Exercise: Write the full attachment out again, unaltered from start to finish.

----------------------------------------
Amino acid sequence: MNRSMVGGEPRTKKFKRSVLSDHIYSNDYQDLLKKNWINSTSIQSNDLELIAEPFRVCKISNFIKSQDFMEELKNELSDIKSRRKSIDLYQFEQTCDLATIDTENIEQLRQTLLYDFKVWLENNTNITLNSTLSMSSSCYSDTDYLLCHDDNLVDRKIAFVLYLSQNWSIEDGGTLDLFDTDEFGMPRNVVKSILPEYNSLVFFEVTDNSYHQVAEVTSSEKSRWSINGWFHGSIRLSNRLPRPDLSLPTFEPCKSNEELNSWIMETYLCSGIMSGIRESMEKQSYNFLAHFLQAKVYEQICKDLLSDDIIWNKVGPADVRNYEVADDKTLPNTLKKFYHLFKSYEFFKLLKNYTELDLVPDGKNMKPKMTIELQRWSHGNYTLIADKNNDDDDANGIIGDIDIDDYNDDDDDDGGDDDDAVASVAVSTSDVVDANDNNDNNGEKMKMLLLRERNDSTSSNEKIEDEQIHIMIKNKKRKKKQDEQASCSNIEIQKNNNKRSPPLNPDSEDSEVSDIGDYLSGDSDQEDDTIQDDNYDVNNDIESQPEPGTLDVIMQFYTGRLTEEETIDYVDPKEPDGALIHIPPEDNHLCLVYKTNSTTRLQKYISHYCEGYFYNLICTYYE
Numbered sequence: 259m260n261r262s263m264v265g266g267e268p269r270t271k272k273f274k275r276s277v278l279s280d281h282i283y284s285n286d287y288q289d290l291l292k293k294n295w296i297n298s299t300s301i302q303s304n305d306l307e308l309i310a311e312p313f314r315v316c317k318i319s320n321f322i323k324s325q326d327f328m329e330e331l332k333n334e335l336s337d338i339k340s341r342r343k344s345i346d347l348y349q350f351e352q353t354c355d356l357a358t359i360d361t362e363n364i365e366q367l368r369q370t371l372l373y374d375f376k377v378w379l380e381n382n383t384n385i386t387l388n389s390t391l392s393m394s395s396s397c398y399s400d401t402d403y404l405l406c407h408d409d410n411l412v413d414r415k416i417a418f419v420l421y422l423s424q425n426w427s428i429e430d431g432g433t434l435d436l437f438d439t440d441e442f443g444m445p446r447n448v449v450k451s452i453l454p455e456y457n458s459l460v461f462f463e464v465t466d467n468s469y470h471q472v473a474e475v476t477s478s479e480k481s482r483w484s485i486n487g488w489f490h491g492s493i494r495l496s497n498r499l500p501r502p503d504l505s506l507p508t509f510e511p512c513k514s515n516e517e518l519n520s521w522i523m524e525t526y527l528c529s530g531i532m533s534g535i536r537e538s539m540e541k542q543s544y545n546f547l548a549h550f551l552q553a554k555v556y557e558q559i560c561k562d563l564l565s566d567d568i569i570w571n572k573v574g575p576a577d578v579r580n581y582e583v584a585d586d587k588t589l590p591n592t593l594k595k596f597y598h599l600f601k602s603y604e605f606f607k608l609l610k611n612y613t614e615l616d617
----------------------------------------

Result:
Amino acid sequence: MNRSMVGGEPRTKKFKRSVLSDHIYSNDYQDLLKKNWINSTSIQSNDLELIAEPFRVCKISNFIKSQDFMEELKNELSDIKSRRKSIDLYQFEQTCDLATIDTENIEQLRQTLLYDFKVWLENNTNITLNSTLSMSSSCYSDTDYLLCHDDNLVDRKIAFVLYLSQNWSIEDGGTLDLFDTDEFGMPRNVVKSILPEYNSLVFFEVTDNSYHQVAEVTSSEKSRWSINGWFHGSIRLSNRLPRPDLSLPTFEPCKSNEELNSWIMETYLCSGIMSGIRESMEKQSYNFLAHFLQAKVYEQICKDLLSDDIIWNKVGPADVRNYEVADDKTLPNTLKKFYHLFKSYEFFKLLKNYTELDLVPDGKNMKPKMTIELQRWSHGNYTLIADKNNDDDDANGIIGDIDIDDYNDDDDDDGGDDDDAVASVAVSTSDVVDANDNNDNNGEKMKMLLLRERNDSTSSNEKIEDEQIHIMIKNKKRKKKQDEQASCSNIEIQKNNNKRSPPLNPDSEDSEVSDIGDYLSGDSDQEDDTIQDDNYDVNNDIESQPEPGTLDVIMQFYTGRLTEEETIDYVDPKEPDGALIHIPPEDNHLCLVYKTNSTTRLQKYISHYCEGYFYNLICTYYE
Numbered sequence: 259m260n261r262s263m264v265g266g267e268p269r270t271k272k273f274k275r276s277v278l279s280d281h282i283y284s285n286d287y288q289d290l291l292k293k294n295w296i297n298s299t300s301i302q303s304n305d306l307e308l309i310a311e312p313f314r315v316c317k318i319s320n321f322i323k324s325q326d327f328m329e330e331l332k333n334e335l336s337d338i339k340s341r342r343k344s345i346d347l348y349q350f351e352q353t354c355d356l357a358t359i360d361t362e363n364i365e366q367l368r369q370t371l372l373y374d375f376k377v378w379l380e381n382n383t384n385i386t387l388n389s390t391l392s393m394s395s396s397c398y399s400d401t402d403y404l405l406c407h408d409d410n411l412v413d414r415k416i417a418f419v420l421y422l423s424q425n426w427s428i429e430d431g432g433t434l435d436l437f438d439t440d441e442f443g444m445p446r447n448v449v450k451s452i453l454p455e456y457n458s459l460v461f462f463e464v465t466d467n468s469y470h471q472v473a474e475v476t477s478s479e480k481s482r483w484s485i486n487g488w489f490h491g492s493i494r495l496s497n498r499l500p501r502p503d504l505s506l507p508t509f510e511p512c513k514s515n516e517e518l519n520s521w522i523m524e525t526y527l528c529s530g531i532m533s534g535i536r537e538s539m540e541k542q543s544y545n546f547l548a549h550f551l552q553a554k555v556y557e558q559i560c561k562d563l564l565s566d567d568i569i570w571n572k573v574g575p576a577d578v579r580n581y582e583v584a585d586d587k588t589l590p591n592t593l594k595k596f597y598h599l600f601k602s603y604e605f606f607k608l609l610k611n612y613t614e615l616d617